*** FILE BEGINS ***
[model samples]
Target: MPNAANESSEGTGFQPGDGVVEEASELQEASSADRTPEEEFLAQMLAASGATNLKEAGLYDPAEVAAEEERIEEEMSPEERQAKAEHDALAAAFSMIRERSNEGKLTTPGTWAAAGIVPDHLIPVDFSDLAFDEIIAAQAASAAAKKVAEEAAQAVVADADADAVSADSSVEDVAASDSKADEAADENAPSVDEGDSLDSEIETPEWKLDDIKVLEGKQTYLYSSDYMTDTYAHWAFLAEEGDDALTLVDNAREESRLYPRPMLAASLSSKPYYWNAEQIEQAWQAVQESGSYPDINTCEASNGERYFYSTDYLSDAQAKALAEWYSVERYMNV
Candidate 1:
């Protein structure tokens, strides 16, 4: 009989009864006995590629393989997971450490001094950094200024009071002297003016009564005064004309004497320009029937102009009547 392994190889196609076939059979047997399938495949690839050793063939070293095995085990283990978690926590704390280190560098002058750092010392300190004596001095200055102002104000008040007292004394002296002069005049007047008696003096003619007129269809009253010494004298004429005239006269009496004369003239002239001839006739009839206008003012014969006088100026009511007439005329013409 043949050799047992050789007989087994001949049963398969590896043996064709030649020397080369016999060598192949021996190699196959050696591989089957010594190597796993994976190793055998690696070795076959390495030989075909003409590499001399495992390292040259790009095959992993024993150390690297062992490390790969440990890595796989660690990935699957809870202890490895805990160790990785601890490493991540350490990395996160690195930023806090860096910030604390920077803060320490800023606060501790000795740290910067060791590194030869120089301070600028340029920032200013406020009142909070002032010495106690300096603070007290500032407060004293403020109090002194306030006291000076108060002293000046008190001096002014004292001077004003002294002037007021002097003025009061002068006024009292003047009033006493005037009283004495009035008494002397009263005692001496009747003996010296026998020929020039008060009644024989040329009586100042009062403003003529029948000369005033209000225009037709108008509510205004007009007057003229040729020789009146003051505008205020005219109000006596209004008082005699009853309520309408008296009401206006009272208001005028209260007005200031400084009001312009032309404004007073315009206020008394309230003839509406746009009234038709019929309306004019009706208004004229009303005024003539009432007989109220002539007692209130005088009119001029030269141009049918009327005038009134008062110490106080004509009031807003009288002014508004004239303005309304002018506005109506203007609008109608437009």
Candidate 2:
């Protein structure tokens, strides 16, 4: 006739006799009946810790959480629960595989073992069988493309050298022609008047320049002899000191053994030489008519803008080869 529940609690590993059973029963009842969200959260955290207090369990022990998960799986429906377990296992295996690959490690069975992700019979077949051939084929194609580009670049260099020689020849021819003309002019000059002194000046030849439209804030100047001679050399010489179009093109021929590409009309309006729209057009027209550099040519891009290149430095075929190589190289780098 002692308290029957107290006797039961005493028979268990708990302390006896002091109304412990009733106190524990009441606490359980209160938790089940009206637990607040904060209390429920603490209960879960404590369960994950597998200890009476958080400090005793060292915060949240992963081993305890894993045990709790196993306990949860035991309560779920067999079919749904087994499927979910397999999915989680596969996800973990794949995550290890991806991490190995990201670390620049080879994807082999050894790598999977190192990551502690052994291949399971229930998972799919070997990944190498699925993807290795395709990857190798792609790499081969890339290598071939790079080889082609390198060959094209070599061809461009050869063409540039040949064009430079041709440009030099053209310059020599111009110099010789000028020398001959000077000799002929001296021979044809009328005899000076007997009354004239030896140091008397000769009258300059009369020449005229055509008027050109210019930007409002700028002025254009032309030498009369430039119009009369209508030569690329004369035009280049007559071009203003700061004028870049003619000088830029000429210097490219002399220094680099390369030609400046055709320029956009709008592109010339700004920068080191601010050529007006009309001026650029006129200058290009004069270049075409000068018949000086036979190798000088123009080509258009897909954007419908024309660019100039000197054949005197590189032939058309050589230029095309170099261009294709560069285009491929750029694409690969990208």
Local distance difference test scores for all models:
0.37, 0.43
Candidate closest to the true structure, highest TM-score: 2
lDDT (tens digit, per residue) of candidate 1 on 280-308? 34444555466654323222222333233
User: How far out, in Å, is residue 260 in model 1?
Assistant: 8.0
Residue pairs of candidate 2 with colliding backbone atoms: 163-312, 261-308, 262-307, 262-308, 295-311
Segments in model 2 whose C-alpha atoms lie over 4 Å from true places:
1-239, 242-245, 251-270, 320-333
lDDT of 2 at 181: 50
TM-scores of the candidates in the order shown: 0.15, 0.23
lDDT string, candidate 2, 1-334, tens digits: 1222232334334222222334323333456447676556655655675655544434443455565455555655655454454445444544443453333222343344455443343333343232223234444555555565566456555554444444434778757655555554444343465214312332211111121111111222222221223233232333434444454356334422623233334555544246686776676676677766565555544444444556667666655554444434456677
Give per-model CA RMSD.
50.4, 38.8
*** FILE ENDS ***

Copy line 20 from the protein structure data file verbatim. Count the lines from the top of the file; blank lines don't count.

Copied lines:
50.4, 38.8